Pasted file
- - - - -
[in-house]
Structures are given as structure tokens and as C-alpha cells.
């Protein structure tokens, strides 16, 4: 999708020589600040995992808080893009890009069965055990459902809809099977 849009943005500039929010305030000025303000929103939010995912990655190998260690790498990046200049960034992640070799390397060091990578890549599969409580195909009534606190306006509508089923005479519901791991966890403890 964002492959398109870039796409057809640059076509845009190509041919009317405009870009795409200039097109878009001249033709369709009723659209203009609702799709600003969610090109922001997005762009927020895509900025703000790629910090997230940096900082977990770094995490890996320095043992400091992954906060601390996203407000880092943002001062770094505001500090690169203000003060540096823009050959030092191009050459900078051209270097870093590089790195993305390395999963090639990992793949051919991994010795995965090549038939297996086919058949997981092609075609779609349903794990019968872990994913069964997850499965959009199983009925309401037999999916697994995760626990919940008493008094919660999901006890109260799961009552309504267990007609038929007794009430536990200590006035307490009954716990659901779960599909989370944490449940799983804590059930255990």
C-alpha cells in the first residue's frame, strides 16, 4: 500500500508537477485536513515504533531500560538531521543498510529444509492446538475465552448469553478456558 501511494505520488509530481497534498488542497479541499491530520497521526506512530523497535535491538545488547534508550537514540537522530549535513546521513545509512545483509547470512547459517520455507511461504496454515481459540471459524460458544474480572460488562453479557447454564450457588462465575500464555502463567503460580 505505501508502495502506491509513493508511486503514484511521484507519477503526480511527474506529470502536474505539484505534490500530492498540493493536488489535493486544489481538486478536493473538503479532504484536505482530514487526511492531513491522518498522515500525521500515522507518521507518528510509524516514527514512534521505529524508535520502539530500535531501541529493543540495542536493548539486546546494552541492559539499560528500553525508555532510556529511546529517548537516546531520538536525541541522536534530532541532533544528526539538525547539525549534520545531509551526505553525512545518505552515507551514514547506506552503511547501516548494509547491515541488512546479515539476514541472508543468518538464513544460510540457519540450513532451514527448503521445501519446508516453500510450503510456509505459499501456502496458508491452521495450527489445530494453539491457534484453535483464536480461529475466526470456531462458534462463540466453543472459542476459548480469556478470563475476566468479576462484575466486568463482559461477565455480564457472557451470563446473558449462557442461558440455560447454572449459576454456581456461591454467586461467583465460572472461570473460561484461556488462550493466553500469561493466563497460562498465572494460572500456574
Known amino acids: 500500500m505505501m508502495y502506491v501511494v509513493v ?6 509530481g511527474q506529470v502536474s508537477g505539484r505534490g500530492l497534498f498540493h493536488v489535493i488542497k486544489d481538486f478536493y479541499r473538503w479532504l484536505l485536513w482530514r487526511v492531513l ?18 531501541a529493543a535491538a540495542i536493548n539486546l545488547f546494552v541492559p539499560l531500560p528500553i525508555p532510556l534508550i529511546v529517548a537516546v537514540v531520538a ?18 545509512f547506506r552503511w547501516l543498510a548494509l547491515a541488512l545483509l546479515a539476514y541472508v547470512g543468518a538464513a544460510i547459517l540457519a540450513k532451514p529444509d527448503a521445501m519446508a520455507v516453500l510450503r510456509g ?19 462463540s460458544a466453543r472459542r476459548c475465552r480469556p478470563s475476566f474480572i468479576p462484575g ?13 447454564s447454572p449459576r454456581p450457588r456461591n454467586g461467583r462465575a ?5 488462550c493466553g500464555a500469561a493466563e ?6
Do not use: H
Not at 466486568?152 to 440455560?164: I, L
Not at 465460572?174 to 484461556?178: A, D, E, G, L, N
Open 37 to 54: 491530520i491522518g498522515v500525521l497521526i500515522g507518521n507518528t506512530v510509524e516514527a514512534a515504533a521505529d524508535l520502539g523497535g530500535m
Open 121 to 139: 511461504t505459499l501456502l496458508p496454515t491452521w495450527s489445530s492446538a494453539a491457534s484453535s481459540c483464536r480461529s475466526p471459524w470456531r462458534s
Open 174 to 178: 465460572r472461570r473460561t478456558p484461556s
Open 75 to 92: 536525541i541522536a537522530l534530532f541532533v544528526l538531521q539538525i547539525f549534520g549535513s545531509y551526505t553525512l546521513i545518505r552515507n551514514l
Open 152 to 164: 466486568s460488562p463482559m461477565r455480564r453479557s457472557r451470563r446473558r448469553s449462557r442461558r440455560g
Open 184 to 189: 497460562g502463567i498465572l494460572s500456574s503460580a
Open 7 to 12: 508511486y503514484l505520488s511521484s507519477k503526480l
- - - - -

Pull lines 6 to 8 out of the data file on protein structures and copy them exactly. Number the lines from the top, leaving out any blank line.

Do not use: H
Not at 466486568?152 to 440455560?164: I, L
Not at 465460572?174 to 484461556?178: A, D, E, G, L, N